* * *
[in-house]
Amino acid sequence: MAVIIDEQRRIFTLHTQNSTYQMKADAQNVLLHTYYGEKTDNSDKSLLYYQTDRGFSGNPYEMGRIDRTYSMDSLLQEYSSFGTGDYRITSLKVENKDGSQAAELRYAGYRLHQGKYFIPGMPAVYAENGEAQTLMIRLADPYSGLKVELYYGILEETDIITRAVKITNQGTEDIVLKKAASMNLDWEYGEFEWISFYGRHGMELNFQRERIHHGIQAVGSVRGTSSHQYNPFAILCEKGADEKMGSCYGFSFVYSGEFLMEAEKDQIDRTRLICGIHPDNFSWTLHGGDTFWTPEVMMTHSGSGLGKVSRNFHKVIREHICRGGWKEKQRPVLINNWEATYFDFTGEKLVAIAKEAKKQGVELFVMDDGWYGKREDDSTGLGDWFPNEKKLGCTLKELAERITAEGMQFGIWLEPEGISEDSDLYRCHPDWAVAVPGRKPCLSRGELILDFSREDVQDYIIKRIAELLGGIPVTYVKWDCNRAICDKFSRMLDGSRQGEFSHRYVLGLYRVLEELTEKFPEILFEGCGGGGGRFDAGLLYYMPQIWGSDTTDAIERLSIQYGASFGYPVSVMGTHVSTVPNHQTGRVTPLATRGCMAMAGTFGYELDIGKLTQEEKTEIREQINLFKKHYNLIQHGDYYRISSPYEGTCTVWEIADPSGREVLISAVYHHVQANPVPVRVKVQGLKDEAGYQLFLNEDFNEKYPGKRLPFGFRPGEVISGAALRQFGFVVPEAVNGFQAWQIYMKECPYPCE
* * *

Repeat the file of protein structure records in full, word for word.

[in-house]
Amino acid sequence: MAVIIDEQRRIFTLHTQNSTYQMKADAQNVLLHTYYGEKTDNSDKSLLYYQTDRGFSGNPYEMGRIDRTYSMDSLLQEYSSFGTGDYRITSLKVENKDGSQAAELRYAGYRLHQGKYFIPGMPAVYAENGEAQTLMIRLADPYSGLKVELYYGILEETDIITRAVKITNQGTEDIVLKKAASMNLDWEYGEFEWISFYGRHGMELNFQRERIHHGIQAVGSVRGTSSHQYNPFAILCEKGADEKMGSCYGFSFVYSGEFLMEAEKDQIDRTRLICGIHPDNFSWTLHGGDTFWTPEVMMTHSGSGLGKVSRNFHKVIREHICRGGWKEKQRPVLINNWEATYFDFTGEKLVAIAKEAKKQGVELFVMDDGWYGKREDDSTGLGDWFPNEKKLGCTLKELAERITAEGMQFGIWLEPEGISEDSDLYRCHPDWAVAVPGRKPCLSRGELILDFSREDVQDYIIKRIAELLGGIPVTYVKWDCNRAICDKFSRMLDGSRQGEFSHRYVLGLYRVLEELTEKFPEILFEGCGGGGGRFDAGLLYYMPQIWGSDTTDAIERLSIQYGASFGYPVSVMGTHVSTVPNHQTGRVTPLATRGCMAMAGTFGYELDIGKLTQEEKTEIREQINLFKKHYNLIQHGDYYRISSPYEGTCTVWEIADPSGREVLISAVYHHVQANPVPVRVKVQGLKDEAGYQLFLNEDFNEKYPGKRLPFGFRPGEVISGAALRQFGFVVPEAVNGFQAWQIYMKECPYPCE